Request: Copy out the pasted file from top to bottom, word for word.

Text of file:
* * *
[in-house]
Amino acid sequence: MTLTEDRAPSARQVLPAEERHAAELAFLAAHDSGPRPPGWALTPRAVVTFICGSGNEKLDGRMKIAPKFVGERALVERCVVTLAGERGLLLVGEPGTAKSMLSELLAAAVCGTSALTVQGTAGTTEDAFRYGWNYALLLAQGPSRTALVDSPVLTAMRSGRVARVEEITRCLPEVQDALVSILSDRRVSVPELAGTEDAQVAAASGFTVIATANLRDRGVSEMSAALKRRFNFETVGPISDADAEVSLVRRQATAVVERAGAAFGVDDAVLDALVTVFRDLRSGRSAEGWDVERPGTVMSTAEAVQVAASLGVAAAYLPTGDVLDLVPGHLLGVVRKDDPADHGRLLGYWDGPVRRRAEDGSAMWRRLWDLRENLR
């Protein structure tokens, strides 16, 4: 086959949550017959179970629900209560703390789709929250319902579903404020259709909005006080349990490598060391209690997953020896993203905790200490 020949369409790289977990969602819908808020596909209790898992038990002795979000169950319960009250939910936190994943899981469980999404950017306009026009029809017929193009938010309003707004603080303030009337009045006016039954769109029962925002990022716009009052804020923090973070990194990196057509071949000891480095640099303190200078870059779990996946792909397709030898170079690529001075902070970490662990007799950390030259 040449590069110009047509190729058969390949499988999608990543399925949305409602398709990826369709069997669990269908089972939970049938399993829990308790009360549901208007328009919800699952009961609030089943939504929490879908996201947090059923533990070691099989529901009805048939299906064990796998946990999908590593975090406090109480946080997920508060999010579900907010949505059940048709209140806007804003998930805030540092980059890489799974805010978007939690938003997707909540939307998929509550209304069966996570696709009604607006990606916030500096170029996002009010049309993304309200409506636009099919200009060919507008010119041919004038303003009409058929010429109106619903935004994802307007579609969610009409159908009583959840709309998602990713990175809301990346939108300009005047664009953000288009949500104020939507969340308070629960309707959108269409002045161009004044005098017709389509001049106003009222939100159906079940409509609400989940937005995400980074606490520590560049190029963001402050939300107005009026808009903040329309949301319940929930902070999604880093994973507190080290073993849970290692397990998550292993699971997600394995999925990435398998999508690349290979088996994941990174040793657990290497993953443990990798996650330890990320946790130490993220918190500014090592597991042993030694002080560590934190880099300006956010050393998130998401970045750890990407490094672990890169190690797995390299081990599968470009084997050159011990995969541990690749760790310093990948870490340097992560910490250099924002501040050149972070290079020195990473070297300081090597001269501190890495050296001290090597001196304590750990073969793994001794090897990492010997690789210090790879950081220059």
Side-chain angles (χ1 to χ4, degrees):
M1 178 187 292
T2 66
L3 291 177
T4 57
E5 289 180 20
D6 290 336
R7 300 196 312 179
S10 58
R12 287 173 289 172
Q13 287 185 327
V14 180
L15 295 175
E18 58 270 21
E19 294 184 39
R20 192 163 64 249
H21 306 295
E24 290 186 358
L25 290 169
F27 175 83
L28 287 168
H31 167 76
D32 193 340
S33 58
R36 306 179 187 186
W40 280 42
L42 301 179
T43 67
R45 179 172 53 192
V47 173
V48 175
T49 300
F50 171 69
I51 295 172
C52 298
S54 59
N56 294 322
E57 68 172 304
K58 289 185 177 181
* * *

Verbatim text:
[in-house]
Amino acid sequence: MTLTEDRAPSARQVLPAEERHAAELAFLAAHDSGPRPPGWALTPRAVVTFICGSGNEKLDGRMKIAPKFVGERALVERCVVTLAGERGLLLVGEPGTAKSMLSELLAAAVCGTSALTVQGTAGTTEDAFRYGWNYALLLAQGPSRTALVDSPVLTAMRSGRVARVEEITRCLPEVQDALVSILSDRRVSVPELAGTEDAQVAAASGFTVIATANLRDRGVSEMSAALKRRFNFETVGPISDADAEVSLVRRQATAVVERAGAAFGVDDAVLDALVTVFRDLRSGRSAEGWDVERPGTVMSTAEAVQVAASLGVAAAYLPTGDVLDLVPGHLLGVVRKDDPADHGRLLGYWDGPVRRRAEDGSAMWRRLWDLRENLR
């Protein structure tokens, strides 16, 4: 086959949550017959179970629900209560703390789709929250319902579903404020259709909005006080349990490598060391209690997953020896993203905790200490 020949369409790289977990969602819908808020596909209790898992038990002795979000169950319960009250939910936190994943899981469980999404950017306009026009029809017929193009938010309003707004603080303030009337009045006016039954769109029962925002990022716009009052804020923090973070990194990196057509071949000891480095640099303190200078870059779990996946792909397709030898170079690529001075902070970490662990007799950390030259 040449590069110009047509190729058969390949499988999608990543399925949305409602398709990826369709069997669990269908089972939970049938399993829990308790009360549901208007328009919800699952009961609030089943939504929490879908996201947090059923533990070691099989529901009805048939299906064990796998946990999908590593975090406090109480946080997920508060999010579900907010949505059940048709209140806007804003998930805030540092980059890489799974805010978007939690938003997707909540939307998929509550209304069966996570696709009604607006990606916030500096170029996002009010049309993304309200409506636009099919200009060919507008010119041919004038303003009409058929010429109106619903935004994802307007579609969610009409159908009583959840709309998602990713990175809301990346939108300009005047664009953000288009949500104020939507969340308070629960309707959108269409002045161009004044005098017709389509001049106003009222939100159906079940409509609400989940937005995400980074606490520590560049190029963001402050939300107005009026808009903040329309949301319940929930902070999604880093994973507190080290073993849970290692397990998550292993699971997600394995999925990435398998999508690349290979088996994941990174040793657990290497993953443990990798996650330890990320946790130490993220918190500014090592597991042993030694002080560590934190880099300006956010050393998130998401970045750890990407490094672990890169190690797995390299081990599968470009084997050159011990995969541990690749760790310093990948870490340097992560910490250099924002501040050149972070290079020195990473070297300081090597001269501190890495050296001290090597001196304590750990073969793994001794090897990492010997690789210090790879950081220059």
Side-chain angles (χ1 to χ4, degrees):
M1 178 187 292
T2 66
L3 291 177
T4 57
E5 289 180 20
D6 290 336
R7 300 196 312 179
S10 58
R12 287 173 289 172
Q13 287 185 327
V14 180
L15 295 175
E18 58 270 21
E19 294 184 39
R20 192 163 64 249
H21 306 295
E24 290 186 358
L25 290 169
F27 175 83
L28 287 168
H31 167 76
D32 193 340
S33 58
R36 306 179 187 186
W40 280 42
L42 301 179
T43 67
R45 179 172 53 192
V47 173
V48 175
T49 300
F50 171 69
I51 295 172
C52 298
S54 59
N56 294 322
E57 68 172 304
K58 289 185 177 181